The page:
New Labour and the European Union

Blair and Brown’s logic of history

Author: Oliver Daddow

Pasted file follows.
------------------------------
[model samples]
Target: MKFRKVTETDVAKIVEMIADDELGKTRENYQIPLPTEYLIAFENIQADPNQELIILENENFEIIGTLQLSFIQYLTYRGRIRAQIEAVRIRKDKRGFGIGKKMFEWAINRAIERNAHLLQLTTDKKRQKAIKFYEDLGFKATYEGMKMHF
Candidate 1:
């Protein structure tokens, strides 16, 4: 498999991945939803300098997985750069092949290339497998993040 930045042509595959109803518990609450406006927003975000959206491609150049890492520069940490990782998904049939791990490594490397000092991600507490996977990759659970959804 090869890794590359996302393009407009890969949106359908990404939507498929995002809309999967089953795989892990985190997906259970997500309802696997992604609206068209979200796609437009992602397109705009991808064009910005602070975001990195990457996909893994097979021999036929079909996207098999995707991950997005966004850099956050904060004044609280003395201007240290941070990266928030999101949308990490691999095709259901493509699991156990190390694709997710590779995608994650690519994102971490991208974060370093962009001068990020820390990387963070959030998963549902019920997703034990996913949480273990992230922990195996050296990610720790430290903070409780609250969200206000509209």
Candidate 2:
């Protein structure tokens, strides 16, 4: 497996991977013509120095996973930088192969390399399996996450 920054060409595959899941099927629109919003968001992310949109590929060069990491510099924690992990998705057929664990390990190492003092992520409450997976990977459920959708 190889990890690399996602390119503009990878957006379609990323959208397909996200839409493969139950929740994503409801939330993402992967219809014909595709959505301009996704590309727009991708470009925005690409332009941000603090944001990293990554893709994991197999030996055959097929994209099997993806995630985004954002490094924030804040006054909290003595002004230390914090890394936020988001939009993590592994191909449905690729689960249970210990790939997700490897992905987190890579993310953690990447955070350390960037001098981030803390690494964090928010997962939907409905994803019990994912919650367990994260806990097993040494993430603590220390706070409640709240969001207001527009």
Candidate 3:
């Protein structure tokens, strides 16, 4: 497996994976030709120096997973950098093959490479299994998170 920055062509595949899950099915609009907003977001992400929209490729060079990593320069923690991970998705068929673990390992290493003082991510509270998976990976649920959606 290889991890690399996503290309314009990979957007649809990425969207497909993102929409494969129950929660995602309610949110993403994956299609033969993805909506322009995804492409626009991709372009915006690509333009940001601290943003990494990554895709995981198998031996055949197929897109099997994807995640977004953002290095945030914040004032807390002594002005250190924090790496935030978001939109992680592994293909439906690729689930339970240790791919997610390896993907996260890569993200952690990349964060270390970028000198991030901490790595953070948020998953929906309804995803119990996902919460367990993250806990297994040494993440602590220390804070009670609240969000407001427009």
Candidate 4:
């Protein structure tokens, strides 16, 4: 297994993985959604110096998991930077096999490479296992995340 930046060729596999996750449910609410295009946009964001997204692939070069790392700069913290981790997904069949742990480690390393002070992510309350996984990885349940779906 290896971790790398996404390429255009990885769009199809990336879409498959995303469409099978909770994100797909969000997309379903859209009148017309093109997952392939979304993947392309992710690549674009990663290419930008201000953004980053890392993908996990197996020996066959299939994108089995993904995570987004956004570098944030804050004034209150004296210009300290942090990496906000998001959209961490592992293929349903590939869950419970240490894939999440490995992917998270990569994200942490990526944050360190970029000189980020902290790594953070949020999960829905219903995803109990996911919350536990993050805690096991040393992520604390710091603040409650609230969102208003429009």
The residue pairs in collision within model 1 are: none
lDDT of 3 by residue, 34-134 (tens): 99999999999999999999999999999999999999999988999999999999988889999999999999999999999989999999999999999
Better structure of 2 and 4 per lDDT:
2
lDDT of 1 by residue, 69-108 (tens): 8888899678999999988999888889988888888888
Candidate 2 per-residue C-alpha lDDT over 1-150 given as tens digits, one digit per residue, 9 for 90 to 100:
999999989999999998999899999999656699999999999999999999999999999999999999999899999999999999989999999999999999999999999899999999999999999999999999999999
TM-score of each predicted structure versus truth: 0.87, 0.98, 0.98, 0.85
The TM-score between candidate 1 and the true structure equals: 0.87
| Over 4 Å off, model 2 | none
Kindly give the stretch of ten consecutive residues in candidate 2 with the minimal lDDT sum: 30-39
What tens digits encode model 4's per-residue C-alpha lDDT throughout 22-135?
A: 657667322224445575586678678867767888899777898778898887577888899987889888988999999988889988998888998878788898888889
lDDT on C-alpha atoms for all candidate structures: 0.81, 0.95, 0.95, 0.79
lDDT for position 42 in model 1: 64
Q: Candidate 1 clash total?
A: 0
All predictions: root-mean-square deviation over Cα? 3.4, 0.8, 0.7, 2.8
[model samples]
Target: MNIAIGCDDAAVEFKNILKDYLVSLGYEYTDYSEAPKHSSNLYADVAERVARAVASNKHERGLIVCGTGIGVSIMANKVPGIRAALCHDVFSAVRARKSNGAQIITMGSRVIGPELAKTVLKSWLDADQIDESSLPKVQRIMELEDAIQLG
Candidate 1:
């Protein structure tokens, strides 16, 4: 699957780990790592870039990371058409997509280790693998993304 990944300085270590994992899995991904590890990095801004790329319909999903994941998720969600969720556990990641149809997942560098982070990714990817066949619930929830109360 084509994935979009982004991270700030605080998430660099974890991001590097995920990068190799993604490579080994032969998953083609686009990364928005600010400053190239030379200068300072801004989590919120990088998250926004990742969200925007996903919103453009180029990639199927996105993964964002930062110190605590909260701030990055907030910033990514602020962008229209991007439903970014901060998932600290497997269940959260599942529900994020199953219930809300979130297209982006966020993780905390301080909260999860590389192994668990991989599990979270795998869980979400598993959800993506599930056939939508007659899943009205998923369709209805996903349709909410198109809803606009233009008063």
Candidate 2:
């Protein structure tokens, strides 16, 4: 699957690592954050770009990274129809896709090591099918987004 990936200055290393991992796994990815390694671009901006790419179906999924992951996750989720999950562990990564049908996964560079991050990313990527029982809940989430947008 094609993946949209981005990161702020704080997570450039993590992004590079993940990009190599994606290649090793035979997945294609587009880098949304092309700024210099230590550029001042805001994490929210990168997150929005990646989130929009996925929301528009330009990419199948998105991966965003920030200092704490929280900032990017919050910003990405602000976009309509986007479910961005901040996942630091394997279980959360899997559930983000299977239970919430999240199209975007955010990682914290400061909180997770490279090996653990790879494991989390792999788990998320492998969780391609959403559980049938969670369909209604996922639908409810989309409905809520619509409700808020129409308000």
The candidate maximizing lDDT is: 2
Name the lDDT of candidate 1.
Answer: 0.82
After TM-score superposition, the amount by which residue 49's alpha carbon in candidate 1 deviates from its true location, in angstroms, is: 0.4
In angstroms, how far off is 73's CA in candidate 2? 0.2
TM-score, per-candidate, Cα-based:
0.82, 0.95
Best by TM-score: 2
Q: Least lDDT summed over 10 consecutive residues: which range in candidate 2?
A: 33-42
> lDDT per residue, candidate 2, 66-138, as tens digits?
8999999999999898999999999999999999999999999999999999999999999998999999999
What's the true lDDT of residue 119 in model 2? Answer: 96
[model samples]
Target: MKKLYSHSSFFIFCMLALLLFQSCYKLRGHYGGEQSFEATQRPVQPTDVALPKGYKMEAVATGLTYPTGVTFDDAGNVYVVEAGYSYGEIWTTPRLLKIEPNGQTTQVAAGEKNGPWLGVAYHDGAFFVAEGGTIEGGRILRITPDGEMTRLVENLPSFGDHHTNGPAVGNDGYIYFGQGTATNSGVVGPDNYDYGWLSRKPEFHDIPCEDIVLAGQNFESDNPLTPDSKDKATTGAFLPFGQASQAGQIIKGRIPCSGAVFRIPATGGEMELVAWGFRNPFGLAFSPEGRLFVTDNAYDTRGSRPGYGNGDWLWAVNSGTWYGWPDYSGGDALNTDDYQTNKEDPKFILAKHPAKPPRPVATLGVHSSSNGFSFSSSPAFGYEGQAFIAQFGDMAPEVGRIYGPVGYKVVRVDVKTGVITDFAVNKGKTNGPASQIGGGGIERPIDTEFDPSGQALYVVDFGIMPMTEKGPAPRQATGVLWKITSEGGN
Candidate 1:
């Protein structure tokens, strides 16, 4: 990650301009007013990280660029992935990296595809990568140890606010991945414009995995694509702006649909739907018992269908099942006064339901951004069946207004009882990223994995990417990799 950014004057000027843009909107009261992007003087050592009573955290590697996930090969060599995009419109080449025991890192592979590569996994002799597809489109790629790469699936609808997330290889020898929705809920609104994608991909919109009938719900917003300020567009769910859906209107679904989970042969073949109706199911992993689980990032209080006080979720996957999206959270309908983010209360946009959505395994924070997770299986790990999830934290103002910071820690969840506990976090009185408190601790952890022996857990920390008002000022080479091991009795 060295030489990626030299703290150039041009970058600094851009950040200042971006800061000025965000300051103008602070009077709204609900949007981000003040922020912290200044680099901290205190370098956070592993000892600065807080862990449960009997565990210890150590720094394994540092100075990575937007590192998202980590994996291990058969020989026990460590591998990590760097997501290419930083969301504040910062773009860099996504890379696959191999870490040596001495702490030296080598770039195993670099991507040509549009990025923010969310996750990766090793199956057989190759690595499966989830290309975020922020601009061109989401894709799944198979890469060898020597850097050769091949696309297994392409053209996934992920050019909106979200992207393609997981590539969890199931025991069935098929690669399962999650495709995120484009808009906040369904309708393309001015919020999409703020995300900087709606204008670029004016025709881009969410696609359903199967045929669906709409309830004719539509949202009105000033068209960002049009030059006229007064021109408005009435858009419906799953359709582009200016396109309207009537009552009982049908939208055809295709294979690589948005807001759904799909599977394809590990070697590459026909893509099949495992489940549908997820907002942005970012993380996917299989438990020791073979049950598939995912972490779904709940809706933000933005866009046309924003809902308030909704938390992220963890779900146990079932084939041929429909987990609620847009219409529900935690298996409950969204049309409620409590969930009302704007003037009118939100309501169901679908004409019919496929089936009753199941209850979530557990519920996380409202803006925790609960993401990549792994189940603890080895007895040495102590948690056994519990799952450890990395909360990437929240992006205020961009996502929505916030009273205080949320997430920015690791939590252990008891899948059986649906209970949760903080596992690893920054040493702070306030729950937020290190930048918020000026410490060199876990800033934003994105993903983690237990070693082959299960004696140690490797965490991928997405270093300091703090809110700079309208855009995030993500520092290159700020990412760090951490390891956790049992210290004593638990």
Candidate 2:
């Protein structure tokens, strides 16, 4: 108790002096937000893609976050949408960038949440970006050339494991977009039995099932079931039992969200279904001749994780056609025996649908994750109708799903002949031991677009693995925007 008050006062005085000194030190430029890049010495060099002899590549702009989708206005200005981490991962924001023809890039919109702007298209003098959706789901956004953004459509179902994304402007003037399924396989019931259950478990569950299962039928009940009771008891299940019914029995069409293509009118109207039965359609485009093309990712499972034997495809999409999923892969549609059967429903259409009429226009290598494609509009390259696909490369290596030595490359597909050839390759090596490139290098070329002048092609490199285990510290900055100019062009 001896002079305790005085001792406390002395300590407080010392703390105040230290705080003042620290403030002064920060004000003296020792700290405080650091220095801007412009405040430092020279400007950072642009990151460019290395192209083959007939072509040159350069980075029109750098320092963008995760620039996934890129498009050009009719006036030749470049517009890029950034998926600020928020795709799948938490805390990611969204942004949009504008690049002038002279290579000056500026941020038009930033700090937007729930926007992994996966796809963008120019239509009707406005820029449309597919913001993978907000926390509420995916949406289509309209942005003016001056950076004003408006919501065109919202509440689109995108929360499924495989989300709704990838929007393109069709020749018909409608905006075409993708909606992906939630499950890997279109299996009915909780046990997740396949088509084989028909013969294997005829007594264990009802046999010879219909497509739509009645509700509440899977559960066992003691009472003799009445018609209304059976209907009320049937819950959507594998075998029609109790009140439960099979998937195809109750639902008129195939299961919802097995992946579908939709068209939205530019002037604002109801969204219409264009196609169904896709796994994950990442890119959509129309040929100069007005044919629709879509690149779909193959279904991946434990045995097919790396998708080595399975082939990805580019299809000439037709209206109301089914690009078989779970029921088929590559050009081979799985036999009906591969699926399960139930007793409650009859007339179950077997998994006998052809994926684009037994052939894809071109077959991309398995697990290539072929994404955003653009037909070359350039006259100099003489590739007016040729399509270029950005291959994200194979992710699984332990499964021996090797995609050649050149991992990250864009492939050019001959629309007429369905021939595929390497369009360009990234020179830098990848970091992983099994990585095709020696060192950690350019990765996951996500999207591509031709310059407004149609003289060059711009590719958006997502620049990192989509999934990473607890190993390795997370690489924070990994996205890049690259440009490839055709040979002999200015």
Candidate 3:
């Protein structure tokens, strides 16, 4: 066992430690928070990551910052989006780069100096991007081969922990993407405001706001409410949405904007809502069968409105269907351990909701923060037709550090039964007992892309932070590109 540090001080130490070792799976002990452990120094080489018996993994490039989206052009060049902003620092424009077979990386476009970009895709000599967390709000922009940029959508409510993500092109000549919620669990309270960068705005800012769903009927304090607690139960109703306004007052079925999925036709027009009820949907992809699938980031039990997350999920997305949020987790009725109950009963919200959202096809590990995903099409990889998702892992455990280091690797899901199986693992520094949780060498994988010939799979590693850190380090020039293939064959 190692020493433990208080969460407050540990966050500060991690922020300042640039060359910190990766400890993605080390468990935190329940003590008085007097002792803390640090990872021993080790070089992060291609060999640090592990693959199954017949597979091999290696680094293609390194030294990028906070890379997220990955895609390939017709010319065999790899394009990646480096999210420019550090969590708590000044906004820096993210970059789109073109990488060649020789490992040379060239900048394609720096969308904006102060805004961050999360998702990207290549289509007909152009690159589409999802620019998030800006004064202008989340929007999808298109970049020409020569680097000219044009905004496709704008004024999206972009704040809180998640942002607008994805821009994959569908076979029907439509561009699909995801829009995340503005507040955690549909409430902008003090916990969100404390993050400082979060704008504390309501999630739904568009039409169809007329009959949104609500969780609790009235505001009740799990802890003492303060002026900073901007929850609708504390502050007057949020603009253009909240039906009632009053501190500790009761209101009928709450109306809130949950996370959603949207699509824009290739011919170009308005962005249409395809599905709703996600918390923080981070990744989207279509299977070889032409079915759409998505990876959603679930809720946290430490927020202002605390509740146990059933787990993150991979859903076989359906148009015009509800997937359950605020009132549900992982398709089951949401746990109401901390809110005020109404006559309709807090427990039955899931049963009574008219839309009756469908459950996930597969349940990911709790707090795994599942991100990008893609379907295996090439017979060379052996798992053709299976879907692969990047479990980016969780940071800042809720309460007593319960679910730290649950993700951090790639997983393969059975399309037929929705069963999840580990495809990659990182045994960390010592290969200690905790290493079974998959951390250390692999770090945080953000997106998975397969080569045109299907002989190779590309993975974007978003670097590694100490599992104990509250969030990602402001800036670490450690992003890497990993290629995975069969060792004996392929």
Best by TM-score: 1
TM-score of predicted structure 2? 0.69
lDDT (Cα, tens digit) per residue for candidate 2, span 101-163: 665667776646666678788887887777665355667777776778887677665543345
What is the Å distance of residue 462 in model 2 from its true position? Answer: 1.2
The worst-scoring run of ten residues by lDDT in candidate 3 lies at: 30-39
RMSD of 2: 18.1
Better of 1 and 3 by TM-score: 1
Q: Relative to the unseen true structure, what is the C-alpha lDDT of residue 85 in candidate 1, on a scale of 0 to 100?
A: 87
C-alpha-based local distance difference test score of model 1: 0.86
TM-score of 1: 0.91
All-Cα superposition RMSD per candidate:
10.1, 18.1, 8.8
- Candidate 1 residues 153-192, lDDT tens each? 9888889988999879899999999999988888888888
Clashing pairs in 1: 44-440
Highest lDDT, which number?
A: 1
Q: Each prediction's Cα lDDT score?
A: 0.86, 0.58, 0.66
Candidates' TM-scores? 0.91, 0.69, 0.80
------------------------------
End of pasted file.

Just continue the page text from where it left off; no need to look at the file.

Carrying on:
New Labour came to power in 1997 promising to modernize Britain and make it fit for the twenty-first century. This book studies Tony Blair and Gordon Brown's combined attempt to sell the idea of a European future to the British people. It is about the art of rhetoric, persuasion and the techniques of modern political communication, and the 'Europe question' in British politics. It traces the progressivist elements of New Labour's discourse on British European policy with reference to the place perceptions of history occupied in Blair and Brown's speeches on foreign policy. The book explains the idea of 'norm entrepreneurship' and how it can be adapted to help us think through New Labour's handling of British European policy. It focuses on various aspects of the politics, language and decision-making style of New Labour. Theoretical approaches to Euroscepticism to help us understand, through the empirical data in the speeches, how Blair and Brown constructed their identity as 'Europeans' against their perceived 'sceptical' opponents. The method of discourse analysis used to study the strategies Blair and Brown put in place to realize their goals, is discussed. The book presents the evidence on the ways in which the Prime Minister and Chancellor discursively constructed the Europe question as a matter of protecting and/or advancing vital British national interests. Trapped between a broadly hostile media and an apathetic public, Blair and Brown failed to provide the necessary leadership to see Britain to a European future.

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